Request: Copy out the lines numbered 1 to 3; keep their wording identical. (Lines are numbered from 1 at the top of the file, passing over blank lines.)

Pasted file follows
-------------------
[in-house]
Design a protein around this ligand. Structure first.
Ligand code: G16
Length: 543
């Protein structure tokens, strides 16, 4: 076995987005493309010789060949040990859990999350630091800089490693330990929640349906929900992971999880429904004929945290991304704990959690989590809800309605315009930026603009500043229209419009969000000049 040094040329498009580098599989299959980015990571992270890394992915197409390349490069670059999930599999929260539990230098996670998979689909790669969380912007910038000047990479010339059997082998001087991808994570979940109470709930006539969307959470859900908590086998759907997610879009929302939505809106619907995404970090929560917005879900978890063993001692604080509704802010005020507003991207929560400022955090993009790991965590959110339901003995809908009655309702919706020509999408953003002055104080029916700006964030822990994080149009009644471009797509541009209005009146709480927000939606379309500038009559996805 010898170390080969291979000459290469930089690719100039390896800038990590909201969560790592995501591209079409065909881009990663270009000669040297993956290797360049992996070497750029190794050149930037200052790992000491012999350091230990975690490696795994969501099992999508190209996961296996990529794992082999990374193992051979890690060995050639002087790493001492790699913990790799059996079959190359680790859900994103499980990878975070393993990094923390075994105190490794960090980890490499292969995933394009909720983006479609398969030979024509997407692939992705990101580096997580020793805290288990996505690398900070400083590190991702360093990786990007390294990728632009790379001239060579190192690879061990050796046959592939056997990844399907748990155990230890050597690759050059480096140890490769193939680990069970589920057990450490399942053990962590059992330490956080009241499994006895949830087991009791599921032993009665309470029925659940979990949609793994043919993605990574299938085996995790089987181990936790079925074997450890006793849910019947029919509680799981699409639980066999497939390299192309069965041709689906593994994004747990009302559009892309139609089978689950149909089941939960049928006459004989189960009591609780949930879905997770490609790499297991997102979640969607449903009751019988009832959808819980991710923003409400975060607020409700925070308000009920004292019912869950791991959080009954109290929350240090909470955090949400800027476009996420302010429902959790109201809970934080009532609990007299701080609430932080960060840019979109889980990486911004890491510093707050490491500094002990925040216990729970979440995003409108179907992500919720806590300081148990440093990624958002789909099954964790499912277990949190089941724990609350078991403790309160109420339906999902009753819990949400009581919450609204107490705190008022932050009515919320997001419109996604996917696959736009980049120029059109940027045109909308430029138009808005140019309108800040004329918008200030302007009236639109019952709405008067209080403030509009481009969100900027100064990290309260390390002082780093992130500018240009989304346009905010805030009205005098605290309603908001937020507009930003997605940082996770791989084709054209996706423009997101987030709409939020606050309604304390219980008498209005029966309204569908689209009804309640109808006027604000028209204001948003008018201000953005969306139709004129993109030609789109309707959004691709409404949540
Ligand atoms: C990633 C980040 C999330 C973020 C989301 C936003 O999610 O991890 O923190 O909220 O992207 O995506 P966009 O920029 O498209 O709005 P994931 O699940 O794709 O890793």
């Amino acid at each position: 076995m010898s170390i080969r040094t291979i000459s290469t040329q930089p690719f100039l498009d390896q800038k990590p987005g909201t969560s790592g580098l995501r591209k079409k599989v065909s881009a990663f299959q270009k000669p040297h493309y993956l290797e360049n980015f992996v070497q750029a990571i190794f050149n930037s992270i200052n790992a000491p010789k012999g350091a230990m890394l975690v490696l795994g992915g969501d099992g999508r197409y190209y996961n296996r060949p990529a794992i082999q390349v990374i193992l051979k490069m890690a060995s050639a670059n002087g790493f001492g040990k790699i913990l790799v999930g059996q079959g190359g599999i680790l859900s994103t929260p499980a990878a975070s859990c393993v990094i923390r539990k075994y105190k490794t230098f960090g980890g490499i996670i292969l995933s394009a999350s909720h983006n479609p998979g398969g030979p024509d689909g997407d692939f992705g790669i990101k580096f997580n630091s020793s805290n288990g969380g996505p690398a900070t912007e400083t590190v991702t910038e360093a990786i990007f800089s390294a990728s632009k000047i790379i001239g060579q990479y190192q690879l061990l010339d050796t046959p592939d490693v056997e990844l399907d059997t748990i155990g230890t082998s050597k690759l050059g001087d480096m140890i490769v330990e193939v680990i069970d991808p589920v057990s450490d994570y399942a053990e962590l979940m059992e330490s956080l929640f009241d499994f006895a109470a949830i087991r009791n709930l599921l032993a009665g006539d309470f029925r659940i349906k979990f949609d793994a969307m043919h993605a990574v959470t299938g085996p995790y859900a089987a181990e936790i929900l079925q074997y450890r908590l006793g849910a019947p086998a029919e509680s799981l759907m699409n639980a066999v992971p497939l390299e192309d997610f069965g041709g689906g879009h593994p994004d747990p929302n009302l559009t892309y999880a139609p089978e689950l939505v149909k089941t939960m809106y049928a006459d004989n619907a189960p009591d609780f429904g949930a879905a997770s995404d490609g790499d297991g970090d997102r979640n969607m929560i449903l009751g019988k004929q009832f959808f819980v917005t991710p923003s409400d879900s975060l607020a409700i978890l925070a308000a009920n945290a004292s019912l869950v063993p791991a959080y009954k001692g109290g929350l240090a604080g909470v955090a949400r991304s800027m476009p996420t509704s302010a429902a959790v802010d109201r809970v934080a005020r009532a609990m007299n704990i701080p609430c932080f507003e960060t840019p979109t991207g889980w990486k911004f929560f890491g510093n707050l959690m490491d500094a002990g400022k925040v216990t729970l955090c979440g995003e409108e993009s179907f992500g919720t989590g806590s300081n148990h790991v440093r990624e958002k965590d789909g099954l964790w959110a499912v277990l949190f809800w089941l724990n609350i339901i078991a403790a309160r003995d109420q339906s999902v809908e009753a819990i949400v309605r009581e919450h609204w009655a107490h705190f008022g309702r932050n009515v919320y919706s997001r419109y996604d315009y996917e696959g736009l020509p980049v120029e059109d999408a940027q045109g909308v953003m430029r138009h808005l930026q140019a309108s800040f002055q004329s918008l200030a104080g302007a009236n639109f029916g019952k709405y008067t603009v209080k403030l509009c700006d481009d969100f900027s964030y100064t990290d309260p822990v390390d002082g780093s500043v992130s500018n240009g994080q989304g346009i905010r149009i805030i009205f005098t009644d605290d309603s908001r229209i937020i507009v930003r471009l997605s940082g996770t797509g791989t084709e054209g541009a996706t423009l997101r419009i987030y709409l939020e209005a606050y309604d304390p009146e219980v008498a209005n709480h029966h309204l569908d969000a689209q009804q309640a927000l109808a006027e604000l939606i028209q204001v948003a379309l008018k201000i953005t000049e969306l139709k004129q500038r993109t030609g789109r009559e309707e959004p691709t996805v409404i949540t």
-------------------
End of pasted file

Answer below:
[in-house]
Design a protein around this ligand. Structure first.
Ligand code: G16